U.S. healthcare spending is expected to double by 2016, according to a report published in the journal Health Affairs. Total spending should hit $4.1 trillion per year by that time which will represent about one-fifth of the national GDP (gross domestic product), the Washington Post/HealthDay News reports.
The authors of the report come largely from National Health Statistics Group (NHSG), Office of the Actuary, Centers for Medicare and Medicaid Services (CMS).
According to the report, growth is projected to slow slightly from 6.9 percent in 2005 to 6.8 percent in 2006. This marks a slow down for four consecutive years. Also, the experts believe that the health share of GDP held in 2006 before it will resume “its historical upward trend, reaching 19.6 percent of GDP by 2016.”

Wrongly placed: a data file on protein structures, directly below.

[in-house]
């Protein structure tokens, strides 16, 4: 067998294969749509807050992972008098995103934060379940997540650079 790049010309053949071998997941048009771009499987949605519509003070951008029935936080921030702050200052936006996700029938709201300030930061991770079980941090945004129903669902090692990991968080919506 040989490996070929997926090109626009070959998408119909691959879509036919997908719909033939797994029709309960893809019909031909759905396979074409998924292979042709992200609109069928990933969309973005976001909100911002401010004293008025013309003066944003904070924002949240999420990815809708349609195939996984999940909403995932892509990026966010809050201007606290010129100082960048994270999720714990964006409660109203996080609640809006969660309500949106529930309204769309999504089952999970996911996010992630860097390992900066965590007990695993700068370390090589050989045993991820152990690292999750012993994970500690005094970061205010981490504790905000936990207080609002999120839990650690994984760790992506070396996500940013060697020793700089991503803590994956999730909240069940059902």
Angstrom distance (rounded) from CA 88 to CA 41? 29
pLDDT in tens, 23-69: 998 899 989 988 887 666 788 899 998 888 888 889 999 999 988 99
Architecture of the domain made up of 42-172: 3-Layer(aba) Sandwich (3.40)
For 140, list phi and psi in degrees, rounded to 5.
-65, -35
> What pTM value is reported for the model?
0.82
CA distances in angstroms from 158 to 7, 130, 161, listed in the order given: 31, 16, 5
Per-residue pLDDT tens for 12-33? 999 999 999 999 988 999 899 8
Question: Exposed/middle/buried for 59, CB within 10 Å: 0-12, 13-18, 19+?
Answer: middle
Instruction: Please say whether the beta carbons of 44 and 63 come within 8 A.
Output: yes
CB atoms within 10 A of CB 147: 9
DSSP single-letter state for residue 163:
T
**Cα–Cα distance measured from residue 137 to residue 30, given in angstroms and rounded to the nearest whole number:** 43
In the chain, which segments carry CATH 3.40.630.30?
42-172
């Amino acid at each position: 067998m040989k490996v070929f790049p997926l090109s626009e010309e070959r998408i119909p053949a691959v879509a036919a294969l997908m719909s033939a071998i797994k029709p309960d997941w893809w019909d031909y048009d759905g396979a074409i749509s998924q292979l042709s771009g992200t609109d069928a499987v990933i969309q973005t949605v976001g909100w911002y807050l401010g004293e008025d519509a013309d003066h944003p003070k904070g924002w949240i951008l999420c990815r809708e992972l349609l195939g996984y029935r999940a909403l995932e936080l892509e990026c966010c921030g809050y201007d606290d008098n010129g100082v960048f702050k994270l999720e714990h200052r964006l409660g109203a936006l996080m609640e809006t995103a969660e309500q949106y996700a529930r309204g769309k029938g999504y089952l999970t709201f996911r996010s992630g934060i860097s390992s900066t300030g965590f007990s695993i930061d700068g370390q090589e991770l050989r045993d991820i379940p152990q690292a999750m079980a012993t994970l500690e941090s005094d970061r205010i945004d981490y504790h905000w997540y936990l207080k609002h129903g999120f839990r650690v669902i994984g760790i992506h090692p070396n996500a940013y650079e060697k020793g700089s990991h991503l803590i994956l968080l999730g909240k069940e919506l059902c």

Highlights of the report include:
- Medicare spending growth is projected to decrease 6.5 percent in 2007. But by 2016, Medicare spending is likely to double or do more than double and reach $862.7 billion;
- Prescription drug spending should reach $497.5 billion by 2016;
- Prescription drug spending will average around 8.6 percent growth until 2016;
- Hospital care cost should hit $1.2 trillion by 2016. It was $651.8 billion in 2006; and
- By 2016, the average spent by individuals will be around $1,405.73 annually.